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McCain’s Passion Play

by STEVEN T. BANKO

Am I the only one to think that John McCain trivializes both his sacrifice as a POW and the determination of a wide range of specially challenged Americans to lead productive lives? I’m referring to McCain’s repetition of his POW status as a wild card to trump any failing that is otherwise difficult to explain.

Was there any more pathetic display of his willingness to cheapen his sacrifice than McCain’s recent performances with Jay Leno and Katie Couric? He couldn’t remember how many houses he owns because he once had “no house, no kitchen table, no chair.” One might think not having a house as a prisoner might make one more acutely aware of exactly how many houses one owned—but not John McCain.

Now we’re told McCain is computer illiterate because – you guessed it — he was a POW and his tortured arms can’t work a keyboard. Tell that to the millions of profoundly disabled Americans who master cyberspace with their teeth, who navigate in wheelchairs with their chins or a single functioning finger, or who communicate with synthesizers. They struggle every day to prove how normal they are. Their lives are campaigns against prejudice and stereotypes and fear. They fight through their disabilities. They adapt to a world that too often turns its eyes away from them.They strive not for privilege or for pampering or for priority. Instead, they seek only opportunity. Their impediments are challenges, not excuses. Their obstacles are surmounted every day. Their opportunities are seized with grit and determination.

People overcome blindness, deafness and physical limitation every day. Army and VA hospitals are replete with traumatic amputees – veterans McCain didn’t think deserved increased benefits — whose heroism didn’t end with their injuries. They continue to achieve, to overcome and to succeed in the face of obstacles that would overwhelm most people and apparently including John McCain.

More than one in five handicapped Americans earn college degrees. They do so by adapting to the learning environment not by whining about its difficulties. They set a goal. They work toward achieving that goal. And they can take full credit when they overcome their disability and earn their triumph. They don’t demand accommodation, nor do they use their disability as an excuse. It’s a reality they live with on the road to earning and achieving “normalcy” in their lives. In the early days of John McCain’s career, there was little mention of his disability, even though we all knew about his torture. McCain’s ability to overcome that disability was a notable achievement. That achievement is diminished now that he uses it as an excuse.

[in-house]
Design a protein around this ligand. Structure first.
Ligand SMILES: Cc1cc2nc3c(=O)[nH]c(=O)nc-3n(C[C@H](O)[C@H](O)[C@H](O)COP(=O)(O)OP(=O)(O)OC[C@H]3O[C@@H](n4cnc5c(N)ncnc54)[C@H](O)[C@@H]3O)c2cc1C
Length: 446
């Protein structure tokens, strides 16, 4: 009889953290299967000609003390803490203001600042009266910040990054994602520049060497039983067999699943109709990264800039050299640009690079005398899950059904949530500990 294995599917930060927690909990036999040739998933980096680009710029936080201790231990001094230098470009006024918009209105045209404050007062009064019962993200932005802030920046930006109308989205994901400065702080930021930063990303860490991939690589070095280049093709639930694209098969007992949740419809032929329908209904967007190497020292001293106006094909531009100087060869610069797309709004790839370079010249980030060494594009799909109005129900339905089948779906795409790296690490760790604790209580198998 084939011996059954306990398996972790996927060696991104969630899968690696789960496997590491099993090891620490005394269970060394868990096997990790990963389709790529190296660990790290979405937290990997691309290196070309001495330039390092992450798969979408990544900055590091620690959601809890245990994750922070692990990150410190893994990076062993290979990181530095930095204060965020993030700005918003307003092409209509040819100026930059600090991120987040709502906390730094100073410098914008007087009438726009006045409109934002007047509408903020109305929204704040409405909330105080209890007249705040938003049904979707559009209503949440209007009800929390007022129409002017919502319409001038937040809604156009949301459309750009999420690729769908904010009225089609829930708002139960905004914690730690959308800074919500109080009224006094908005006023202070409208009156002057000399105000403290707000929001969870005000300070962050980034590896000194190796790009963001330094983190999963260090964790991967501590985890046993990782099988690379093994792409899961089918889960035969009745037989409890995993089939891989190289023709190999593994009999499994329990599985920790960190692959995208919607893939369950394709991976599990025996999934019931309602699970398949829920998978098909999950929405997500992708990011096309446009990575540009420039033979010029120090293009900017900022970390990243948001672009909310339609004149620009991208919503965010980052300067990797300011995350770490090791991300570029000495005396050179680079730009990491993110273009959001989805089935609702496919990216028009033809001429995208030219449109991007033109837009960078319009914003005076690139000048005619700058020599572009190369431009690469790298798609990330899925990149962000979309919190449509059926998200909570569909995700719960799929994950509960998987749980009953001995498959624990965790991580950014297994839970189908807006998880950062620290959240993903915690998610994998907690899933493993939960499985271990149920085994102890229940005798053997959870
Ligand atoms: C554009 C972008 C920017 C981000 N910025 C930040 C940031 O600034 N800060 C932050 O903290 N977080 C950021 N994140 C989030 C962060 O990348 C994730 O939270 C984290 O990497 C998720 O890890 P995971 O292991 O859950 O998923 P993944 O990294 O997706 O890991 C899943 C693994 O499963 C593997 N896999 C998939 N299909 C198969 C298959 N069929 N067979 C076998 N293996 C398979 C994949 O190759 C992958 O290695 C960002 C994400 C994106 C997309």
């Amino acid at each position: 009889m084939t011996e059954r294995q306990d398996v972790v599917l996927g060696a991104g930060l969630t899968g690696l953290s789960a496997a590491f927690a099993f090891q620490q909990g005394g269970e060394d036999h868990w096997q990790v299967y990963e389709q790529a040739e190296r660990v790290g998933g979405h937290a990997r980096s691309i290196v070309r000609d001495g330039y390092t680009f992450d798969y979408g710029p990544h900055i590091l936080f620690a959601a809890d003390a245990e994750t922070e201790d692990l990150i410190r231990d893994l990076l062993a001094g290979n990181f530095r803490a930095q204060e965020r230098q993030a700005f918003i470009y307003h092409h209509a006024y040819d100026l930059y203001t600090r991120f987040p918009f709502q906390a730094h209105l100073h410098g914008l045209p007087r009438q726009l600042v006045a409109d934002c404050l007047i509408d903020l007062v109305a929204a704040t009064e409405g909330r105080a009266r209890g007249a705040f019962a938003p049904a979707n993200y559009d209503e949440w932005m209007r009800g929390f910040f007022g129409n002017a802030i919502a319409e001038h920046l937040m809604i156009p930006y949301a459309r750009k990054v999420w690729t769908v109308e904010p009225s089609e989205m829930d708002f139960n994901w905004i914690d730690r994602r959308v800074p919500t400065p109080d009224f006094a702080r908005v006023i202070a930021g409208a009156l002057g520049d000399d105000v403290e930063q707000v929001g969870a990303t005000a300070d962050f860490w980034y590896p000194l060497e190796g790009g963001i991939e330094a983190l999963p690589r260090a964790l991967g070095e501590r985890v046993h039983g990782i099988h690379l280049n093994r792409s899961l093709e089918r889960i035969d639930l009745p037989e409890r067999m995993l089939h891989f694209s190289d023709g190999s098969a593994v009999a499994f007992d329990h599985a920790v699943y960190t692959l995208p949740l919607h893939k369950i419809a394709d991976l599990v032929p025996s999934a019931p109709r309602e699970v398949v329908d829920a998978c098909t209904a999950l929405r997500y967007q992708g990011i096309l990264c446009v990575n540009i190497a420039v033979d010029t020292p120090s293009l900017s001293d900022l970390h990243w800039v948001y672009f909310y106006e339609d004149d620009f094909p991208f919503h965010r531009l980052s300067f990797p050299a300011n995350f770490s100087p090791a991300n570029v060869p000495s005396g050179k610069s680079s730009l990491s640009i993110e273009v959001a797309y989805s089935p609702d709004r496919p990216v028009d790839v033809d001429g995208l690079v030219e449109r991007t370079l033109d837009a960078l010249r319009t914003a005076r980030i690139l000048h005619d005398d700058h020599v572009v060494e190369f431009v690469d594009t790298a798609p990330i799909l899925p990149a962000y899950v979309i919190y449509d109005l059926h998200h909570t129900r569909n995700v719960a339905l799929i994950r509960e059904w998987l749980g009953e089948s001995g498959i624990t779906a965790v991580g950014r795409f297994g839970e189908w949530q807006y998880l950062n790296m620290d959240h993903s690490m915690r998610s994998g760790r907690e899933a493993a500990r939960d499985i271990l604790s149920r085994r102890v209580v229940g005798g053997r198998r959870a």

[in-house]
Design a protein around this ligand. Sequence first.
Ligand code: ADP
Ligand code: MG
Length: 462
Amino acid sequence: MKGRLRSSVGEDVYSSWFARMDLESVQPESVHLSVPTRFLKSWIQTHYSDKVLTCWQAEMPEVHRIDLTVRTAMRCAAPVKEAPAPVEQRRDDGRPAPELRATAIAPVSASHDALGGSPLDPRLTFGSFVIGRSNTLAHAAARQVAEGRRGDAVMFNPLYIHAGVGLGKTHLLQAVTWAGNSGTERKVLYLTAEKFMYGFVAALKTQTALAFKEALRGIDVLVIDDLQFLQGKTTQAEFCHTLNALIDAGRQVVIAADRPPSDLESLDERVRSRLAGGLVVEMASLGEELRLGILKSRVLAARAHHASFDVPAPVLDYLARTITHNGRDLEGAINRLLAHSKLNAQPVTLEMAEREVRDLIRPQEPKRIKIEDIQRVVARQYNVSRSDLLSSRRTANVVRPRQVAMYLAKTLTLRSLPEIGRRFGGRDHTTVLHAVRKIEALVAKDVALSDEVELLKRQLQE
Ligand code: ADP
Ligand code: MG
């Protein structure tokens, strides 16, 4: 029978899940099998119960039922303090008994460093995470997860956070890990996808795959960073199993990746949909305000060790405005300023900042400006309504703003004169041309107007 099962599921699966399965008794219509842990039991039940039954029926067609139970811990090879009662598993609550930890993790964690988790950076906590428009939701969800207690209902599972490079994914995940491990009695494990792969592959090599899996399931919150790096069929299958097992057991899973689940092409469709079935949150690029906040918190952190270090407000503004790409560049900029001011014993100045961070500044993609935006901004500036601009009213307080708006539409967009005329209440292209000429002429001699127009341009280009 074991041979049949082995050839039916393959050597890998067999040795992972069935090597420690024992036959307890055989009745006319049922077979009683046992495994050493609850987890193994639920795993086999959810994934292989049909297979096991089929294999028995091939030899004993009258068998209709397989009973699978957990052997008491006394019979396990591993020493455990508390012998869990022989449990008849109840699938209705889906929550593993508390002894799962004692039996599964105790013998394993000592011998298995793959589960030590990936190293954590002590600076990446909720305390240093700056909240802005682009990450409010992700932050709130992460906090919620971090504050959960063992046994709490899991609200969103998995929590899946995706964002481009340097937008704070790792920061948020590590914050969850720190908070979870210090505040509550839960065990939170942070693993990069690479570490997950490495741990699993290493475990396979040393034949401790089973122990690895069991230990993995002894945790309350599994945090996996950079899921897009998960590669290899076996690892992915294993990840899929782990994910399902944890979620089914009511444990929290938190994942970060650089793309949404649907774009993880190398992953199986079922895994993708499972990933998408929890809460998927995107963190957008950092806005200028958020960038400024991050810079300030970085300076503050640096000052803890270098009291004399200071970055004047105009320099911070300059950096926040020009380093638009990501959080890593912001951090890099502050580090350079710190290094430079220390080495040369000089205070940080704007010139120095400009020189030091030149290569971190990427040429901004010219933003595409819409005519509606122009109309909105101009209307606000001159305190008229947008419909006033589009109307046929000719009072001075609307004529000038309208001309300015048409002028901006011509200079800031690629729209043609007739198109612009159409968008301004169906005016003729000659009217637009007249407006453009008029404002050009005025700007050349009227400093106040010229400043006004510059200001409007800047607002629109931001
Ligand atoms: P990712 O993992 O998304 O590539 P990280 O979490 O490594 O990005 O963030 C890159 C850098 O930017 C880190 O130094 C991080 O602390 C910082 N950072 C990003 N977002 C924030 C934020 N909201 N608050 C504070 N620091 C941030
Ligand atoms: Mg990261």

No one expects that John McCain would be an avid weight lifter in light of his disabilities. No one expects him to be a marathoner or a tennis player. But we ought to expect that his mental acuity is agile enough to master the basics of the greatest technological advancement of the 20th century.

There might be a reasonable explanation for McCain not knowing how many houses he owns. There might be a similar explanation for his computer illiteracy. But being a POW four decades ago is not it.

STEVEN T. BANKO III served in Vietnam, where he was awarded two Silver Stars, four Bronze Stars, the Air Medal and Four Purple Hearts. He has long been active in veterans’ affairs and is a frequent contributor to Buffalo Report.

 

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